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Record Arctic temperature raises global warming concerns

A NASA satellite image showing land surface temperatures in Siberia.A NASA satellite image showing land surface temperatures in Siberia.  (ANSA)

 

The small Russian town of Verkhoyansk in Siberia is one of the coldest on Earth. If verified, the temperature recorded there on June 20 could mark the hottest temperature ever registered north of the Arctic Circle.
 

By Vatican News

Reports that temperatures in a Russian town in the Arctic Circle likely reached a record 38C (100.4F), last weekend, have been approved by the World Meteorological Organization (WMO) pending final verification, the United Nations specialized agency said on Tuesday.

Heatwave, climate change, wildfires

“The WMO is seeking to verify reports of a new temperature record north of the Arctic circle”, WMO spokesperson Clare Nullis told journalists in Geneva. “It was reported in the Russian town of Verkhoyansk amid a prolonged Siberian heatwave and increase in wildfire activity,” she said. 

Earlier on June 5, WMO reported that May was the warmest on record and carbon dioxide levels also hit a new high despite the economic slowdown from COVID-19.  It urgently appealed for renewed efforts to tackle climate threats.

“Our planet is sending us a clear warning. The need for immediate and ambitious #ClimateAction is more urgent than ever,” UN Secretary-General Antonio Guterres said in a post on Twitter on Monday.  He was reacting to the record high temperature registered in the Arctic Circle.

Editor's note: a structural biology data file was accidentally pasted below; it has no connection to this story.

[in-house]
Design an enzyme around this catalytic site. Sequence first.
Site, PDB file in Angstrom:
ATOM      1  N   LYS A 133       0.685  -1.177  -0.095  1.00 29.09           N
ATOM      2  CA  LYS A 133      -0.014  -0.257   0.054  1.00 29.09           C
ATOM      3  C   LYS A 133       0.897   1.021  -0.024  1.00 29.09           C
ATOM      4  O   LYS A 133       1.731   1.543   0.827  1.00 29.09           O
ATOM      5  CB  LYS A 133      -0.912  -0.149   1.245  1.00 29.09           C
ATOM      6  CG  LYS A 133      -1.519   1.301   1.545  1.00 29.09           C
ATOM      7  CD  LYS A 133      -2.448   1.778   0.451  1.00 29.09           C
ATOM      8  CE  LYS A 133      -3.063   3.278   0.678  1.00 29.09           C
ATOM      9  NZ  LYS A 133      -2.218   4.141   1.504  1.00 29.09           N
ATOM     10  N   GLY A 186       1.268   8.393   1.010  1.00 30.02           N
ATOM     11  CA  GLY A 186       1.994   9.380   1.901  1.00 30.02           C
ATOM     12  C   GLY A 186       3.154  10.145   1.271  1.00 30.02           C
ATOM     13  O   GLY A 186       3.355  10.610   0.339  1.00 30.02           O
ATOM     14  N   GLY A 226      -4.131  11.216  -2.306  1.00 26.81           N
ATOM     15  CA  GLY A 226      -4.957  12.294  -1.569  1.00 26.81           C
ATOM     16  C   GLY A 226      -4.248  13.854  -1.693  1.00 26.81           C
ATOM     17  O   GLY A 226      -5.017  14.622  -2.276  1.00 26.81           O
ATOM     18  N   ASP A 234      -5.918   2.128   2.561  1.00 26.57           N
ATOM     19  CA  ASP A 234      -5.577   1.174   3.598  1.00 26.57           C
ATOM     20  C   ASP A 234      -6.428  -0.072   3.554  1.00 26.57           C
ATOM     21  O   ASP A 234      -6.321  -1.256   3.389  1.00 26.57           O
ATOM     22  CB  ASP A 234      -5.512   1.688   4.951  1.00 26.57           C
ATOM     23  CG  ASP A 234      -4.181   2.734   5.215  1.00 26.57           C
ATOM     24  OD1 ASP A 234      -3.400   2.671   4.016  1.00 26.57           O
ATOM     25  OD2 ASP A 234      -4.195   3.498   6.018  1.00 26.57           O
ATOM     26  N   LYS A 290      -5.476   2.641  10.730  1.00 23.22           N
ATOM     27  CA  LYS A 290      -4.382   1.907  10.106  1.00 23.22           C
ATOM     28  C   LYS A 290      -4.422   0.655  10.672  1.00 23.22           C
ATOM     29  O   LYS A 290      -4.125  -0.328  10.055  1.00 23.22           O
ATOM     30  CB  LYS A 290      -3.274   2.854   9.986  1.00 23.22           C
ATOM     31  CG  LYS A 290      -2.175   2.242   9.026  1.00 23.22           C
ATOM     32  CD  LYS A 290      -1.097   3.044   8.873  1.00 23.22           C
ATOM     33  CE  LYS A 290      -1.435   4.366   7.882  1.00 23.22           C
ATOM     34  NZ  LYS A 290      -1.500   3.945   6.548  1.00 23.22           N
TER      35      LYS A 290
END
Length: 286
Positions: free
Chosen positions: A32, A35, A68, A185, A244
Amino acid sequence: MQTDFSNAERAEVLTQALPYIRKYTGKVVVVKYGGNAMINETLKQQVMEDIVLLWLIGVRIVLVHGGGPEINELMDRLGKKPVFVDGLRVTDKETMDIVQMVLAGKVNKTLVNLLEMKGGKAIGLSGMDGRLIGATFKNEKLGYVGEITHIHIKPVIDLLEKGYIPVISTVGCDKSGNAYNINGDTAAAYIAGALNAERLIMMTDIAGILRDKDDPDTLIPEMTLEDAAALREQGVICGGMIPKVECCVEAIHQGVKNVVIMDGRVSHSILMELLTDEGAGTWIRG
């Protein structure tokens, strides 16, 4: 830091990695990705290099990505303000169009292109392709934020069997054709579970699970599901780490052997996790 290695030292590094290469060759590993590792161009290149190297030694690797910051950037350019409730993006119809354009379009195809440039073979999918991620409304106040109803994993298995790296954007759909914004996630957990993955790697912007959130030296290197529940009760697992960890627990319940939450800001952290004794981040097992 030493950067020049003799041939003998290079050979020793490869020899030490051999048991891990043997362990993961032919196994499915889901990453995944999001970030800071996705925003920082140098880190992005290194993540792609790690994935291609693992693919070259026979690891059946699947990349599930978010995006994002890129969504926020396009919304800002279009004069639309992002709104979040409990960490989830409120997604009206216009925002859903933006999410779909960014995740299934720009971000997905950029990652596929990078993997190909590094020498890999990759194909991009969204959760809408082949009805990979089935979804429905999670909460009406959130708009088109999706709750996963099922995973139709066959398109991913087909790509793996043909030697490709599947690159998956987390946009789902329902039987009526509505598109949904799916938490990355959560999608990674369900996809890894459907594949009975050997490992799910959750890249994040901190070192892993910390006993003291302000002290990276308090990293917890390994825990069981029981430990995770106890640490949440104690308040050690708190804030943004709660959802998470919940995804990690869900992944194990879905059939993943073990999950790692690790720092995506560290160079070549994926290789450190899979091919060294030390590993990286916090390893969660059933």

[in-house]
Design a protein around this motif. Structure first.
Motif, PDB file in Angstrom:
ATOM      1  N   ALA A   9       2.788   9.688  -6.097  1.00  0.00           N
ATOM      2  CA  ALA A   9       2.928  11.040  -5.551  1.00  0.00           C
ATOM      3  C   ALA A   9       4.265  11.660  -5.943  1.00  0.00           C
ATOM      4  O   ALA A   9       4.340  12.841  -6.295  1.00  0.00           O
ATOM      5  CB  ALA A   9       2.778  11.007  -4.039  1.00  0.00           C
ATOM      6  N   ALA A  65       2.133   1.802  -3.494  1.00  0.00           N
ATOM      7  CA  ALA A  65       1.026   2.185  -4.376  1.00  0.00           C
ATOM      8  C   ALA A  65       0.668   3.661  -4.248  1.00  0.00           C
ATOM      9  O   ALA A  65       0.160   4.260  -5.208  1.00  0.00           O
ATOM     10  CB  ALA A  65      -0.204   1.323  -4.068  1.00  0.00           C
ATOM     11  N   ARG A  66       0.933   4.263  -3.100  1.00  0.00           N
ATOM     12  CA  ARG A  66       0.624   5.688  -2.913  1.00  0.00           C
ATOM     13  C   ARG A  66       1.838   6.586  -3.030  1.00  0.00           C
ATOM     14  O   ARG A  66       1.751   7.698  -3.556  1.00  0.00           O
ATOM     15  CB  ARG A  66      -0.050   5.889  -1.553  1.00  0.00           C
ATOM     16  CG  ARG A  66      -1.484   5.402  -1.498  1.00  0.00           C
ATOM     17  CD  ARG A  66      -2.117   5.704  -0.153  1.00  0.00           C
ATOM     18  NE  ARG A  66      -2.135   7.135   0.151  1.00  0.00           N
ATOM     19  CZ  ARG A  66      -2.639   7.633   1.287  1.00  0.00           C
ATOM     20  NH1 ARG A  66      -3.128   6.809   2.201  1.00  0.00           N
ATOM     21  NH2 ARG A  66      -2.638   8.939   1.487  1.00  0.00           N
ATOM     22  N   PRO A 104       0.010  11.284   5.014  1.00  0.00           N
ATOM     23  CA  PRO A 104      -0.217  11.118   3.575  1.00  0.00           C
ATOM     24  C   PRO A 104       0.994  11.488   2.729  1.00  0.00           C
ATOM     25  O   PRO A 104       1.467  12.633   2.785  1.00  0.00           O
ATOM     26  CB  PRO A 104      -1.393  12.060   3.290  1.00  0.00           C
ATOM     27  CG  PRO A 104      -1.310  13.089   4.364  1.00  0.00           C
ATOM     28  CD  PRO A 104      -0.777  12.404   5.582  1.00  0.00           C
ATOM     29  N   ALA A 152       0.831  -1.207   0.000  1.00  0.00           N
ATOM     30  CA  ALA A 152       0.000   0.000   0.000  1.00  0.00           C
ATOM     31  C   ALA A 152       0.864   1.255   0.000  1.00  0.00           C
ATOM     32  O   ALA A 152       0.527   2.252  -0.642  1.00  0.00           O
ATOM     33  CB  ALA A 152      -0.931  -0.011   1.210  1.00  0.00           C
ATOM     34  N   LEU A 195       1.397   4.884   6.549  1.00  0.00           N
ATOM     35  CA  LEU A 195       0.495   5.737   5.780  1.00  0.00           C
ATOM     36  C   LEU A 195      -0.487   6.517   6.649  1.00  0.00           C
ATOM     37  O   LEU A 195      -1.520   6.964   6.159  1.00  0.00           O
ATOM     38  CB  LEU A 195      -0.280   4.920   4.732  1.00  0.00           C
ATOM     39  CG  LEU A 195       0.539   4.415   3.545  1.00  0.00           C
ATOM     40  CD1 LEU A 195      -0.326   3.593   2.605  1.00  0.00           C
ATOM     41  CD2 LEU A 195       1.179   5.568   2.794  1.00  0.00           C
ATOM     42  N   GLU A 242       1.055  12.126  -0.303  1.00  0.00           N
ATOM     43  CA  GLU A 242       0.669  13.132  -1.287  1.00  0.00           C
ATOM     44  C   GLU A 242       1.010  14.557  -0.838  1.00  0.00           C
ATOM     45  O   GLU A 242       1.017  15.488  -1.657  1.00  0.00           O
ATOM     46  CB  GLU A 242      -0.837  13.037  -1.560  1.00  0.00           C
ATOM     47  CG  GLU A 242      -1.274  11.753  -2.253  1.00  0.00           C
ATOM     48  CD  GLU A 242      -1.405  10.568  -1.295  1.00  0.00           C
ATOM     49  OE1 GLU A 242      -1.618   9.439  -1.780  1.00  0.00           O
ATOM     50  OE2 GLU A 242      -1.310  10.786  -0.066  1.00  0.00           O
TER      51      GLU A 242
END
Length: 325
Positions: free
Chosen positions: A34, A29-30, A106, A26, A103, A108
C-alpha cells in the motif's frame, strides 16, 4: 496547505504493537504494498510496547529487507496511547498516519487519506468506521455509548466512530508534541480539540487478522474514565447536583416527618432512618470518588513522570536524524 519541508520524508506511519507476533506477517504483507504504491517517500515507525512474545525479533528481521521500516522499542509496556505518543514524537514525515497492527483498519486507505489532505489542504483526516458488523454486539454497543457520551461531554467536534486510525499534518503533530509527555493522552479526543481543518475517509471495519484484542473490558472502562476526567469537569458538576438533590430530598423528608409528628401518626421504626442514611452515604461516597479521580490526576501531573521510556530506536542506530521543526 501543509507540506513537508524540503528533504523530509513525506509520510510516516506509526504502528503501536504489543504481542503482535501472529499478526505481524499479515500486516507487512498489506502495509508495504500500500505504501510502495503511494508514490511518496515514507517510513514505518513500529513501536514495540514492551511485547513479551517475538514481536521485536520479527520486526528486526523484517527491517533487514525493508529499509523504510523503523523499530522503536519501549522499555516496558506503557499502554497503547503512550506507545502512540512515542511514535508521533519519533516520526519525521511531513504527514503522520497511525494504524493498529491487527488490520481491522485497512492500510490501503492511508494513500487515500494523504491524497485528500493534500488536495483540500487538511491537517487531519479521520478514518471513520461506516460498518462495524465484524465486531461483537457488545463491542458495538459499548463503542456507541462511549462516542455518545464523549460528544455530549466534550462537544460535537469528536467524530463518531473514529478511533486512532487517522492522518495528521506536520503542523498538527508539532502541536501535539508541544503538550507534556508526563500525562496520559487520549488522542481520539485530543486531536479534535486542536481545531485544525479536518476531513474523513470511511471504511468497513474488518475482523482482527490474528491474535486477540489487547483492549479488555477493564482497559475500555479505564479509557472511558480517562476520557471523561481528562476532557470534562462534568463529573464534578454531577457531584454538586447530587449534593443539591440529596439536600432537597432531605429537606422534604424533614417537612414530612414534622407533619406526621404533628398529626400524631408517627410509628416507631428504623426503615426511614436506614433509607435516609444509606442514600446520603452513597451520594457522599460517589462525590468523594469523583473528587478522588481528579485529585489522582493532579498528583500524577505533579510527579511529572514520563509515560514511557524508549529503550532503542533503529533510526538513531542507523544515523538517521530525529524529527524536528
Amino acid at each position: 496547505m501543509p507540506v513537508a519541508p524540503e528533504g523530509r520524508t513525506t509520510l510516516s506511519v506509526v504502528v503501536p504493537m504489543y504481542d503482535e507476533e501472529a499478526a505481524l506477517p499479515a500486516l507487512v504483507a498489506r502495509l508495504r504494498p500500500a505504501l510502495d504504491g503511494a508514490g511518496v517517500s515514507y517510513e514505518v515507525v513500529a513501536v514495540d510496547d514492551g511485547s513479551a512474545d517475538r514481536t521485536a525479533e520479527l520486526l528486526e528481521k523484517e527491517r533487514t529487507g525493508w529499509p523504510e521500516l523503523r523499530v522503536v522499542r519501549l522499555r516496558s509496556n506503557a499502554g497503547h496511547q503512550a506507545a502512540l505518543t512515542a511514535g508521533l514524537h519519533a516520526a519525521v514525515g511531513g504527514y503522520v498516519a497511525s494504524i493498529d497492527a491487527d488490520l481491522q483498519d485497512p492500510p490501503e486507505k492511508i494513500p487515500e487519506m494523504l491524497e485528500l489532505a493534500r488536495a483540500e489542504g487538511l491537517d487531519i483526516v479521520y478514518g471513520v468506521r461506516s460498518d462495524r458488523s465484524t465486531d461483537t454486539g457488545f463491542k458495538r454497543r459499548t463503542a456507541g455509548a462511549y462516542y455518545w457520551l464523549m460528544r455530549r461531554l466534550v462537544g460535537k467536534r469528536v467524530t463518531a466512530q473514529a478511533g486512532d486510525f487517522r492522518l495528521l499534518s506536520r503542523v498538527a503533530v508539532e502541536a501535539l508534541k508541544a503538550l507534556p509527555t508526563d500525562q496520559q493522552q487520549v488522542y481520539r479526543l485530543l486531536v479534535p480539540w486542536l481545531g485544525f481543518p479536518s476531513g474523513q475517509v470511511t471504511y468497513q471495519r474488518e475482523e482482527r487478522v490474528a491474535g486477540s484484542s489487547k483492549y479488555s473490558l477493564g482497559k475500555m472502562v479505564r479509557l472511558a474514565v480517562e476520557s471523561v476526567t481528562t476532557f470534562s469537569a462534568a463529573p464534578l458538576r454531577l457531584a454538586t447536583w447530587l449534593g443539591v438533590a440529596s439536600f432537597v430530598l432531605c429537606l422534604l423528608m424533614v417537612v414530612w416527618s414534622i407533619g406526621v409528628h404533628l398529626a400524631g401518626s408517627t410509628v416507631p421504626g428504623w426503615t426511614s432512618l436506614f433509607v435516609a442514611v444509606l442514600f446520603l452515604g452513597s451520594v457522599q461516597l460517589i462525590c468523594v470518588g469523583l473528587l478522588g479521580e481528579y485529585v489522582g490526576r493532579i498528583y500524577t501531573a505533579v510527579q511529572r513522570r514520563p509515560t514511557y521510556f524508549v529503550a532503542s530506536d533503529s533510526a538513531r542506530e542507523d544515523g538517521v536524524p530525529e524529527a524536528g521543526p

According to WMO, the region of Eastern Siberia now in the spotlight is known for its weather extremes in winter and in summer, with temperatures above 30C (86F) not unusual in July.

The record Arctic temperature, more typical of the Tropics, comes a few months after the Argentine research base, Esperanza, on the northern tip of the Antarctic peninsula, registered a new record temperature of 18.4C (65.3F) on 6 February.

The Arctic heating up twice as fast

According to WMO, the Arctic is heating at roughly twice the global average. Nullis explained that the heat spike follows a prolonged Siberian heatwave and wildfire period after an unusually warm spring that was also characterised by a lack of snow.

Data from WMO show that May was about 10C (18.5F) above average in many parts of Siberia, “and it was this extraordinary heat which actually drove, made the warmest May on record for…the northern hemisphere, and also we think at a global level as well”, said Nullis said.

According to WMO, air temperatures in the Arctic from 2016 to 2019 were the highest on record. 

Declining sea ice

Equally worrying was the volume of Arctic sea ice in September 2019 (after the melting season) which declined by more than 50 per cent, compared to the average from 1979 to 2019.

The unusual warmth in winter and spring was associated with an exceptionally early break-up of ice in Siberia’s rivers.

Warming planet

The European Union’s Copernicus Climate Change Service carried out more in-depth exploration of their data.

“Although the planet as a whole is warming,” Copernicus said, “this isn’t happening evenly.”  It noted that western Siberia was warming faster than average.  “This means that, to some extent, large temperature anomalies are not unexpected. However, what is unusual in this case is how long the warmer-than-average anomalies have persisted.”

Above normal temperatures are expected to continue across the majority of the Arctic for June–August 2020, according to the Arctic Climate Forum, which provides information for decision-makers about a rapidly changing region, which is warming more than twice the global mean.

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